The Finch Formerly Known As Gold

18 March 2006

Limited remedies

Thoughts from John Hinderaker:

One of the basic problems in our society is that nearly all informal sanctions have been forfeited, so that there is hardly any middle ground between passive acceptance of antisocial behavior and a felony prosecution. Legislation and criminal prosecution are blunt instruments that cannot be brought to bear against every deviancy that may arise.

The specific deviancy arousing Mr Hinderaker's wrath? Demonstrations at funerals, such as those staged by Fred Phelps and his merry band of dirtbags. What sort of "informal sanction" might be useful in this context?

If a bunch of crazies show up waving signs at a funeral, the appropriate course is for an able-bodied man — there should be at least one at any funeral — to take a sign and break it over the ringleader's head.

Alas, when the ringleader sues, the fact that he's a suppurating pustule on the hindquarters of humanity won't be taken into account.

Posted at 11:36 AM to Political Science Fiction

You used "thoughts" and "John Hinderaker" in the same sentence. That was funny.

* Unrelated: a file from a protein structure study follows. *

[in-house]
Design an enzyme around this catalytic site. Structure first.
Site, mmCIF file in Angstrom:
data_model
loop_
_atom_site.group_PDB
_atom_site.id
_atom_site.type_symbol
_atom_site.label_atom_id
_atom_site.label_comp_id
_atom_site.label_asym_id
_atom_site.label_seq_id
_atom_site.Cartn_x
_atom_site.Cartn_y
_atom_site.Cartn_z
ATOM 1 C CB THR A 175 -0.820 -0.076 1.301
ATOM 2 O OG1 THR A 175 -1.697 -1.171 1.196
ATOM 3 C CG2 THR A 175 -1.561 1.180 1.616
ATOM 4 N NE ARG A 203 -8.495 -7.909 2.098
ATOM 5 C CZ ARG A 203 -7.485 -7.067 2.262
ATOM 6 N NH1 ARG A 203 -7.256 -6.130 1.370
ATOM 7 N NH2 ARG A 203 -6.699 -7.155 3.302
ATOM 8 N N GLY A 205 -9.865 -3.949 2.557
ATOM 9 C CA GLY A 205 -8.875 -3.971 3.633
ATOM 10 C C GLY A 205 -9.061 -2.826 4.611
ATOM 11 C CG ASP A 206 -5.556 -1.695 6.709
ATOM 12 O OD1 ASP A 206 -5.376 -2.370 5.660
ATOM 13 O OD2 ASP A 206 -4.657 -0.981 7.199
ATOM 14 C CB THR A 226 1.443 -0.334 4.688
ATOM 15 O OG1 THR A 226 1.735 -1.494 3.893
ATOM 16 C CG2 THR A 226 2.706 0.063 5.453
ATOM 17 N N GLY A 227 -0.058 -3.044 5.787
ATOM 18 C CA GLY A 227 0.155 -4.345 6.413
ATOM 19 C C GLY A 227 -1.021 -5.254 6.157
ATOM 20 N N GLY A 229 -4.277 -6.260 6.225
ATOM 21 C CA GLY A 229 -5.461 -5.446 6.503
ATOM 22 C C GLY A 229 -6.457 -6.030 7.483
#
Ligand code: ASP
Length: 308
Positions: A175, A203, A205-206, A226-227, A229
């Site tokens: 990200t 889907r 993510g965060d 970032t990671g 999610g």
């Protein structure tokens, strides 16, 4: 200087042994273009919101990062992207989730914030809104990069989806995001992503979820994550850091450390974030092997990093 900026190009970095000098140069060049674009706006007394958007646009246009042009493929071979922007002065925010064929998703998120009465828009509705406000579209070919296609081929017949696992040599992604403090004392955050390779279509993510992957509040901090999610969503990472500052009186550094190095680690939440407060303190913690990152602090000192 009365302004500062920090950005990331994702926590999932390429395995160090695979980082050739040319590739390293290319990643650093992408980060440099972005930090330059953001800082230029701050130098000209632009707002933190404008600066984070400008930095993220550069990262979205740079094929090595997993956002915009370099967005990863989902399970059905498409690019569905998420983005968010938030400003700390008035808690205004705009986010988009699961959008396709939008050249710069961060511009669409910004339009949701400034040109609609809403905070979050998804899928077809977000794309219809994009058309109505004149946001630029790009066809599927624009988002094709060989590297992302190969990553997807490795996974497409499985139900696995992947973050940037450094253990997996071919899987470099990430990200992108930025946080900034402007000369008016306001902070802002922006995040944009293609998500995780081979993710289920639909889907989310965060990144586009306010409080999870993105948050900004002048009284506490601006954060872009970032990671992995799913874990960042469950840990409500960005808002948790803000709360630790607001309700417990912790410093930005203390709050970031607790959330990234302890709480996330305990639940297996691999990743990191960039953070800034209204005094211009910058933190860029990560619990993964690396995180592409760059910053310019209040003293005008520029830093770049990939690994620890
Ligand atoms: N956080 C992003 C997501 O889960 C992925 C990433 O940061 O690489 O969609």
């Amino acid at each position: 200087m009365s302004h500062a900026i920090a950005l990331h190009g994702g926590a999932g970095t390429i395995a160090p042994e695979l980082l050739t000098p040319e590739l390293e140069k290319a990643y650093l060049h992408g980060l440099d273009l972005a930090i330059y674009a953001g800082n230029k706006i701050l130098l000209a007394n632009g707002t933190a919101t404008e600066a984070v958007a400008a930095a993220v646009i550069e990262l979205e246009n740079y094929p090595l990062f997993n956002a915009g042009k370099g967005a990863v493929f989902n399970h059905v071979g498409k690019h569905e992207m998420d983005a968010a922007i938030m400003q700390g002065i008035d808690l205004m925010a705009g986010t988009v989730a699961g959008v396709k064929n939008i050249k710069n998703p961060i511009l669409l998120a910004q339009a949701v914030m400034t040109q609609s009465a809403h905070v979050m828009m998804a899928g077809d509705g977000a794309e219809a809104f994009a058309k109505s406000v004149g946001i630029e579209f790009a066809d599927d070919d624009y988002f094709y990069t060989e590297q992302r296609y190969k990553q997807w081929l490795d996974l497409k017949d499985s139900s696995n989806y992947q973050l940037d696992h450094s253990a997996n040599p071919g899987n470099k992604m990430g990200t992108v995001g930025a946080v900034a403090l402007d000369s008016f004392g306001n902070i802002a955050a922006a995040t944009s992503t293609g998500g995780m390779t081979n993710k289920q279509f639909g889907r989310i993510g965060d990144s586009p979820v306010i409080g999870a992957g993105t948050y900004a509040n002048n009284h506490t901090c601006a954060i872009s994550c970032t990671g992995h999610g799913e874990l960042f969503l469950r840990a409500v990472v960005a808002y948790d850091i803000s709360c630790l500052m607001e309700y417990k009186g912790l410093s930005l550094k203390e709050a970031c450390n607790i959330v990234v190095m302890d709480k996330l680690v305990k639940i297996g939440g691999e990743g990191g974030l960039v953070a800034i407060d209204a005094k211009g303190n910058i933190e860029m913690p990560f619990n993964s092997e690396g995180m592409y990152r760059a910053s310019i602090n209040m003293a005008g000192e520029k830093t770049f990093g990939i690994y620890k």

It's entirely like Hinderaker's "fire, ready, aim if you feel like it" political stance to advocate the "informal sanction" of beating people with whom he disagrees. Lord knows he's tried to do it enough on his blog, making up crap over and over and referring to a site where someone bothers to point out his fictions as "dimmest of the dimwitted left-wing web sites," and the authors as "stupid."

Yet even though his entire modus operandi is "make up crap and rage furiously if anyone points it out," he is still allowed to do so because the "informal sanction" of going to his house and hitting him with a stick until he stops doing that is not available to the public at large.

I would say that he'd better be careful what he wishes for, but in Hinderaker's world, "informal sanctions" like these are supposed to only be available to him and his friends, not to everyone. It wouldn't sink in that this same respect for free speech is what lets him post his fictions from Minnesota without a gang of enlightened bachelor farmers showing up every night to beat the crap out of him.

But the rest of us know better.

Posted by: Matt at 7:46 PM on 18 March 2006

I'm sure Rev. Phelps will be grateful for your concern for his safety, and that he will happily reciprocate should the situation require it.

Posted by: CGHill at 8:01 PM on 18 March 2006

Free speech is free speech, Charles, even when it's odious like that of Hinderaker or Phelps. Hinderaker is far too divorced from reality to understand that he's not safe in a world where people who disagree with you have the "informal sanction" of punching you out.

You should know better, as you should than to make the ridiculous false-equivalence argument that either you support punching people in the face or you support Fred Phelps. I support neither.

Posted by: Matt at 1:34 AM on 19 March 2006